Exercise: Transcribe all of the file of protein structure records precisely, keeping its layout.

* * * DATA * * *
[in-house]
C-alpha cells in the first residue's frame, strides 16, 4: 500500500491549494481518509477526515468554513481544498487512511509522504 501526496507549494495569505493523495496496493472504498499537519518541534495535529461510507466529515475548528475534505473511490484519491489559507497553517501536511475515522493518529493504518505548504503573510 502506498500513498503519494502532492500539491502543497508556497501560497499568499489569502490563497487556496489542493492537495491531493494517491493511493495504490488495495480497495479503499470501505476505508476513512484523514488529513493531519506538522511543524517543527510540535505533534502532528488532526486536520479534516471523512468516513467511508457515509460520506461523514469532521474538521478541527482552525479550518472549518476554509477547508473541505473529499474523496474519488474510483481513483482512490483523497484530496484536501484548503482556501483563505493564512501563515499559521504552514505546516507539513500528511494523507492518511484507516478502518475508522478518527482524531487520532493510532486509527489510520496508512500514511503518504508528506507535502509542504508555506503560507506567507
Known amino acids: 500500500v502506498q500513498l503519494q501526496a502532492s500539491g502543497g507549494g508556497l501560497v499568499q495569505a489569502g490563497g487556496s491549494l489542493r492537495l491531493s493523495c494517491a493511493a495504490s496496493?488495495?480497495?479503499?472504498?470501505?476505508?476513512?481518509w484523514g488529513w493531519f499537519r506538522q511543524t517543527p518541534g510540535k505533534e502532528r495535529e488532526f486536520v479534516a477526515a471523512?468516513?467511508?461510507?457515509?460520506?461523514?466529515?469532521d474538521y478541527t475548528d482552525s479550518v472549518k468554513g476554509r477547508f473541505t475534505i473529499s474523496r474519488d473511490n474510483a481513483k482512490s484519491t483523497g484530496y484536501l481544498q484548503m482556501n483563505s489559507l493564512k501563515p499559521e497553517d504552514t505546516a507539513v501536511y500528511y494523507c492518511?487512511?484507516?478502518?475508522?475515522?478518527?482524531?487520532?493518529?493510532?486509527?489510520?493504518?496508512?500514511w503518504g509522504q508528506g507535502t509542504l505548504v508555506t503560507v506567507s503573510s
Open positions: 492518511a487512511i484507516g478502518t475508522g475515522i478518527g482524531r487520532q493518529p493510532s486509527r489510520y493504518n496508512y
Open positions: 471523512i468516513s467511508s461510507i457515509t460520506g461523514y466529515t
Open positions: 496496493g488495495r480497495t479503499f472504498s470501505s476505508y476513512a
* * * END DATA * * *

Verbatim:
[in-house]
C-alpha cells in the first residue's frame, strides 16, 4: 500500500491549494481518509477526515468554513481544498487512511509522504 501526496507549494495569505493523495496496493472504498499537519518541534495535529461510507466529515475548528475534505473511490484519491489559507497553517501536511475515522493518529493504518505548504503573510 502506498500513498503519494502532492500539491502543497508556497501560497499568499489569502490563497487556496489542493492537495491531493494517491493511493495504490488495495480497495479503499470501505476505508476513512484523514488529513493531519506538522511543524517543527510540535505533534502532528488532526486536520479534516471523512468516513467511508457515509460520506461523514469532521474538521478541527482552525479550518472549518476554509477547508473541505473529499474523496474519488474510483481513483482512490483523497484530496484536501484548503482556501483563505493564512501563515499559521504552514505546516507539513500528511494523507492518511484507516478502518475508522478518527482524531487520532493510532486509527489510520496508512500514511503518504508528506507535502509542504508555506503560507506567507
Known amino acids: 500500500v502506498q500513498l503519494q501526496a502532492s500539491g502543497g507549494g508556497l501560497v499568499q495569505a489569502g490563497g487556496s491549494l489542493r492537495l491531493s493523495c494517491a493511493a495504490s496496493?488495495?480497495?479503499?472504498?470501505?476505508?476513512?481518509w484523514g488529513w493531519f499537519r506538522q511543524t517543527p518541534g510540535k505533534e502532528r495535529e488532526f486536520v479534516a477526515a471523512?468516513?467511508?461510507?457515509?460520506?461523514?466529515?469532521d474538521y478541527t475548528d482552525s479550518v472549518k468554513g476554509r477547508f473541505t475534505i473529499s474523496r474519488d473511490n474510483a481513483k482512490s484519491t483523497g484530496y484536501l481544498q484548503m482556501n483563505s489559507l493564512k501563515p499559521e497553517d504552514t505546516a507539513v501536511y500528511y494523507c492518511?487512511?484507516?478502518?475508522?475515522?478518527?482524531?487520532?493518529?493510532?486509527?489510520?493504518?496508512?500514511w503518504g509522504q508528506g507535502t509542504l505548504v508555506t503560507v506567507s503573510s
Open positions: 492518511a487512511i484507516g478502518t475508522g475515522i478518527g482524531r487520532q493518529p493510532s486509527r489510520y493504518n496508512y
Open positions: 471523512i468516513s467511508s461510507i457515509t460520506g461523514y466529515t
Open positions: 496496493g488495495r480497495t479503499f472504498s470501505s476505508y476513512a